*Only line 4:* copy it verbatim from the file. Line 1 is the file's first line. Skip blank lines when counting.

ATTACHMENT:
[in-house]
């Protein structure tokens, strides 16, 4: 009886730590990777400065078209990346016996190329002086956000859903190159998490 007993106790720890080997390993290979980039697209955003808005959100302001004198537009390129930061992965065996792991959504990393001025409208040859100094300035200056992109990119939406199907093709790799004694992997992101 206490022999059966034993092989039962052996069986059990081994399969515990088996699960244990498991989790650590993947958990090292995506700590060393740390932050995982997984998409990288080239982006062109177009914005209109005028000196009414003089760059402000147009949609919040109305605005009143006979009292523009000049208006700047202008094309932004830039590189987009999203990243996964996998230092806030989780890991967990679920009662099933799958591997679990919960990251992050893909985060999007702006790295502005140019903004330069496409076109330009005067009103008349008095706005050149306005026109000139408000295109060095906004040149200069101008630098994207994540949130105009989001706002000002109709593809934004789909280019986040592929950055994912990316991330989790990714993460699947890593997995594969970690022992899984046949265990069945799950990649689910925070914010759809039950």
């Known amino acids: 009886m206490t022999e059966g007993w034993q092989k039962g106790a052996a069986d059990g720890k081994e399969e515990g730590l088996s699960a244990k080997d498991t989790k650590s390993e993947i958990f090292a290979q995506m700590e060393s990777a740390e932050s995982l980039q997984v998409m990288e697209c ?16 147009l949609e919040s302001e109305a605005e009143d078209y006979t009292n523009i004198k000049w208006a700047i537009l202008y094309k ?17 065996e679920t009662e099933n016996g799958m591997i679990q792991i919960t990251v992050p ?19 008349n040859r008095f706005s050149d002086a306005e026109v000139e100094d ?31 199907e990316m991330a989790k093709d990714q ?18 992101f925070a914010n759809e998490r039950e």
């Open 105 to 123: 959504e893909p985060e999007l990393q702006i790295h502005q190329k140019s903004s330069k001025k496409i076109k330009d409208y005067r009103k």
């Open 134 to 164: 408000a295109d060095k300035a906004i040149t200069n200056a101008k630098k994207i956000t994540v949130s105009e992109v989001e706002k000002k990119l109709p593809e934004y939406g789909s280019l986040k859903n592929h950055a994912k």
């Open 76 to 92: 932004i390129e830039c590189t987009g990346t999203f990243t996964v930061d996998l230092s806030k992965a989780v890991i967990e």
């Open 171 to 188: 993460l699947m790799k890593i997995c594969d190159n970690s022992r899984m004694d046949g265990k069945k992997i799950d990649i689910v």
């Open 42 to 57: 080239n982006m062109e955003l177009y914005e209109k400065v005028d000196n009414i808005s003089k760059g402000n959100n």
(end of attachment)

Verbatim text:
């Open 105 to 123: 959504e893909p985060e999007l990393q702006i790295h502005q190329k140019s903004s330069k001025k496409i076109k330009d409208y005067r009103k």